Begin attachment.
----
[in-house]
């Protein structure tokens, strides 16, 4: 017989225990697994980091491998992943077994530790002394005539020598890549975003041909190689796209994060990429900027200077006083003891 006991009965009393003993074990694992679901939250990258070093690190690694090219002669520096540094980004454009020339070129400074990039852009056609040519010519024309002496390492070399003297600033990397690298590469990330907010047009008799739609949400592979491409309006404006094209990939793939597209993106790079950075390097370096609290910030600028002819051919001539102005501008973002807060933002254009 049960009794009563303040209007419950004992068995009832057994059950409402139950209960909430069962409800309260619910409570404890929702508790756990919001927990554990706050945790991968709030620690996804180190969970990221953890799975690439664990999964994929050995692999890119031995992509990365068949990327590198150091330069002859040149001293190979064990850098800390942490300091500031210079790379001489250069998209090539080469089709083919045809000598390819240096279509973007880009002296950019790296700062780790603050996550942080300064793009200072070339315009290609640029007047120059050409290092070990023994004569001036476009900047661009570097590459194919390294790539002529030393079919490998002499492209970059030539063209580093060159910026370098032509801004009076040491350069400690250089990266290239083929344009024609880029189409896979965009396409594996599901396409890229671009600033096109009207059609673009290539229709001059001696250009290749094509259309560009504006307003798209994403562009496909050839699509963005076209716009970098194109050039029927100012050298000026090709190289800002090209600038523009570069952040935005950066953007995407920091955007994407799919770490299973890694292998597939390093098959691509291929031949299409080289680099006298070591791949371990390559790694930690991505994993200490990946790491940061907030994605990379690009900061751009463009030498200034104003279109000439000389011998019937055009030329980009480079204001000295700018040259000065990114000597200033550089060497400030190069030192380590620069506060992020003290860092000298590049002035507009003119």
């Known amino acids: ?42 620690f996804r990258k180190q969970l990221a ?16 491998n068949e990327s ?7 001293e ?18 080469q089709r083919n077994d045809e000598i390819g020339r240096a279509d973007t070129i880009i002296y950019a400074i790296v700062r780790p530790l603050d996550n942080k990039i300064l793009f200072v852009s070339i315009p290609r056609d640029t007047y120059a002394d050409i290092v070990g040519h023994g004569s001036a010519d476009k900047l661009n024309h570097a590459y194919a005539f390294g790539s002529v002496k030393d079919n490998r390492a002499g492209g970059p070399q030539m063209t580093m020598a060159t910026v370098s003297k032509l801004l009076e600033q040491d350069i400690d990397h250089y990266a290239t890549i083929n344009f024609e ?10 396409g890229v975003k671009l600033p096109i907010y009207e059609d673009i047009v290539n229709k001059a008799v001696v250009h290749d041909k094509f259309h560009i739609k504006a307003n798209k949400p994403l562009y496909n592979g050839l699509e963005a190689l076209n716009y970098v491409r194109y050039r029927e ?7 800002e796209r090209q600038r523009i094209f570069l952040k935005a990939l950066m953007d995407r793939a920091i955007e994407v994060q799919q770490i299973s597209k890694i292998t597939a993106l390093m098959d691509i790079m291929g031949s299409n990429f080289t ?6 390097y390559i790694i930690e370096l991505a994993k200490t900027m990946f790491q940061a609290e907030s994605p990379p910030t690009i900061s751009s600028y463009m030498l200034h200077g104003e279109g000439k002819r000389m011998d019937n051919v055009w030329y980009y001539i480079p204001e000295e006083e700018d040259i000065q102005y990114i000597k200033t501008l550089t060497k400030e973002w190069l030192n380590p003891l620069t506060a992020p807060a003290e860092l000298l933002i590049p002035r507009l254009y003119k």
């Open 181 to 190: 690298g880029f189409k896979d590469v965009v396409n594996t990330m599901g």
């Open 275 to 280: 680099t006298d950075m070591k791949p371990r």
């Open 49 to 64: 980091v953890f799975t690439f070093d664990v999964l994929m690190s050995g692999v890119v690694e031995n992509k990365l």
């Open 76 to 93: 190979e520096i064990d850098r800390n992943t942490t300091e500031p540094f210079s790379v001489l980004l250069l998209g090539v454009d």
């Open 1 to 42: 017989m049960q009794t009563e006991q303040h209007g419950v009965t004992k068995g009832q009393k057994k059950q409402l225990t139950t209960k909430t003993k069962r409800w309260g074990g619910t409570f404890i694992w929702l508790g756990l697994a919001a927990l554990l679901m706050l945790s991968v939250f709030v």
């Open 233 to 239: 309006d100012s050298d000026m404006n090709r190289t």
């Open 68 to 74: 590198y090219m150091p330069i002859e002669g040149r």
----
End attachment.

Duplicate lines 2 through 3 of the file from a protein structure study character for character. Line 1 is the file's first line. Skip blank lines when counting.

């Protein structure tokens, strides 16, 4: 017989225990697994980091491998992943077994530790002394005539020598890549975003041909190689796209994060990429900027200077006083003891 006991009965009393003993074990694992679901939250990258070093690190690694090219002669520096540094980004454009020339070129400074990039852009056609040519010519024309002496390492070399003297600033990397690298590469990330907010047009008799739609949400592979491409309006404006094209990939793939597209993106790079950075390097370096609290910030600028002819051919001539102005501008973002807060933002254009 049960009794009563303040209007419950004992068995009832057994059950409402139950209960909430069962409800309260619910409570404890929702508790756990919001927990554990706050945790991968709030620690996804180190969970990221953890799975690439664990999964994929050995692999890119031995992509990365068949990327590198150091330069002859040149001293190979064990850098800390942490300091500031210079790379001489250069998209090539080469089709083919045809000598390819240096279509973007880009002296950019790296700062780790603050996550942080300064793009200072070339315009290609640029007047120059050409290092070990023994004569001036476009900047661009570097590459194919390294790539002529030393079919490998002499492209970059030539063209580093060159910026370098032509801004009076040491350069400690250089990266290239083929344009024609880029189409896979965009396409594996599901396409890229671009600033096109009207059609673009290539229709001059001696250009290749094509259309560009504006307003798209994403562009496909050839699509963005076209716009970098194109050039029927100012050298000026090709190289800002090209600038523009570069952040935005950066953007995407920091955007994407799919770490299973890694292998597939390093098959691509291929031949299409080289680099006298070591791949371990390559790694930690991505994993200490990946790491940061907030994605990379690009900061751009463009030498200034104003279109000439000389011998019937055009030329980009480079204001000295700018040259000065990114000597200033550089060497400030190069030192380590620069506060992020003290860092000298590049002035507009003119």
């Known amino acids: ?42 620690f996804r990258k180190q969970l990221a ?16 491998n068949e990327s ?7 001293e ?18 080469q089709r083919n077994d045809e000598i390819g020339r240096a279509d973007t070129i880009i002296y950019a400074i790296v700062r780790p530790l603050d996550n942080k990039i300064l793009f200072v852009s070339i315009p290609r056609d640029t007047y120059a002394d050409i290092v070990g040519h023994g004569s001036a010519d476009k900047l661009n024309h570097a590459y194919a005539f390294g790539s002529v002496k030393d079919n490998r390492a002499g492209g970059p070399q030539m063209t580093m020598a060159t910026v370098s003297k032509l801004l009076e600033q040491d350069i400690d990397h250089y990266a290239t890549i083929n344009f024609e ?10 396409g890229v975003k671009l600033p096109i907010y009207e059609d673009i047009v290539n229709k001059a008799v001696v250009h290749d041909k094509f259309h560009i739609k504006a307003n798209k949400p994403l562009y496909n592979g050839l699509e963005a190689l076209n716009y970098v491409r194109y050039r029927e ?7 800002e796209r090209q600038r523009i094209f570069l952040k935005a990939l950066m953007d995407r793939a920091i955007e994407v994060q799919q770490i299973s597209k890694i292998t597939a993106l390093m098959d691509i790079m291929g031949s299409n990429f080289t ?6 390097y390559i790694i930690e370096l991505a994993k200490t900027m990946f790491q940061a609290e907030s994605p990379p910030t690009i900061s751009s600028y463009m030498l200034h200077g104003e279109g000439k002819r000389m011998d019937n051919v055009w030329y980009y001539i480079p204001e000295e006083e700018d040259i000065q102005y990114i000597k200033t501008l550089t060497k400030e973002w190069l030192n380590p003891l620069t506060a992020p807060a003290e860092l000298l933002i590049p002035r507009l254009y003119k």